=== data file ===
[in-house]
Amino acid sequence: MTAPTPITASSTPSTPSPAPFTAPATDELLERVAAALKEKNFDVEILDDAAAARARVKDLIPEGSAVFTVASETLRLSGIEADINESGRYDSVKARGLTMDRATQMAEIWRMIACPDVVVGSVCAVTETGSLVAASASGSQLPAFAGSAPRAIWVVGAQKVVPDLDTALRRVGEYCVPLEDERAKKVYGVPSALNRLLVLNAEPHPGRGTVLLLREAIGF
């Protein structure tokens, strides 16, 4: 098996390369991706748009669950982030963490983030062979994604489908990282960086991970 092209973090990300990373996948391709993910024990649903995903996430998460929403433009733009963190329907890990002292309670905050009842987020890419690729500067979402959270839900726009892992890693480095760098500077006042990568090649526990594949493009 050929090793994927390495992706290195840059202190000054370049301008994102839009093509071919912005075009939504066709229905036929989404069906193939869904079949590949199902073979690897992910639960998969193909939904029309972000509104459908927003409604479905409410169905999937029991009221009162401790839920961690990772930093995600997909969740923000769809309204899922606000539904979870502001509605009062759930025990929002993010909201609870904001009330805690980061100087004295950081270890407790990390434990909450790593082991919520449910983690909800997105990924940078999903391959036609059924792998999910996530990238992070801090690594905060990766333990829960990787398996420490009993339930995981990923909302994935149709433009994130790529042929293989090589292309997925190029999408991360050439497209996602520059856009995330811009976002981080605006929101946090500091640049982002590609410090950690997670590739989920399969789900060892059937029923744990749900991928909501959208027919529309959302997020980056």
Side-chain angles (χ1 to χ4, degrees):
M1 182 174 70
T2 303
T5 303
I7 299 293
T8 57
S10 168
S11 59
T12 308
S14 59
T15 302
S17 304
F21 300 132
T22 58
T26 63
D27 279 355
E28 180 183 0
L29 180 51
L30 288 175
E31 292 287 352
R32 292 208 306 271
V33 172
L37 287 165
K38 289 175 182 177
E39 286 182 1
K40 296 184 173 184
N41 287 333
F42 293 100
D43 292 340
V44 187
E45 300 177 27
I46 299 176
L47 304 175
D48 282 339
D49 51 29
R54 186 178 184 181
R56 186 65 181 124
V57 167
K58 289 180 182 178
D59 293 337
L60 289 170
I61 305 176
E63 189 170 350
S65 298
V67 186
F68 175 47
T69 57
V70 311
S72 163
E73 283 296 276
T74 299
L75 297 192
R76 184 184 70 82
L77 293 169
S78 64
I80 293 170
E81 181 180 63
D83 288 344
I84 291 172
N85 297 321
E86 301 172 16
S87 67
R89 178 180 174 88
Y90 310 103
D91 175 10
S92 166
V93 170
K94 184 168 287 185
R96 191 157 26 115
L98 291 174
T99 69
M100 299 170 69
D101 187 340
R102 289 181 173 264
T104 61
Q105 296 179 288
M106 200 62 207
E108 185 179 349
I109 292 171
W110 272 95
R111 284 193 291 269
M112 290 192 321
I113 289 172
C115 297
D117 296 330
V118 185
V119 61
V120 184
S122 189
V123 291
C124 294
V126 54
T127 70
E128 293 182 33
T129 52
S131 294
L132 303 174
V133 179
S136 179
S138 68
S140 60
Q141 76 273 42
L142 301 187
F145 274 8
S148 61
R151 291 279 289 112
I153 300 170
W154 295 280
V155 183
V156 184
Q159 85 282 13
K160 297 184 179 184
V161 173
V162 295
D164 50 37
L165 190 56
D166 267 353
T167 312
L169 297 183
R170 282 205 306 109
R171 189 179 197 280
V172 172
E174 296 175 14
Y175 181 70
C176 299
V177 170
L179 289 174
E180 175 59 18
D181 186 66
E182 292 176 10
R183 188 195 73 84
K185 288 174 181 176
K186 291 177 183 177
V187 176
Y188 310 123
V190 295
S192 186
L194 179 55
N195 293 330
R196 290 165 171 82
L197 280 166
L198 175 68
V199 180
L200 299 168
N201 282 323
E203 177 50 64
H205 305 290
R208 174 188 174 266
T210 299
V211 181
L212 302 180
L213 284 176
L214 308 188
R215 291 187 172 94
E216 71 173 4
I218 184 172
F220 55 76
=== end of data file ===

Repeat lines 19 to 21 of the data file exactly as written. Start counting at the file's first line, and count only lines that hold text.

D27 279 355
E28 180 183 0
L29 180 51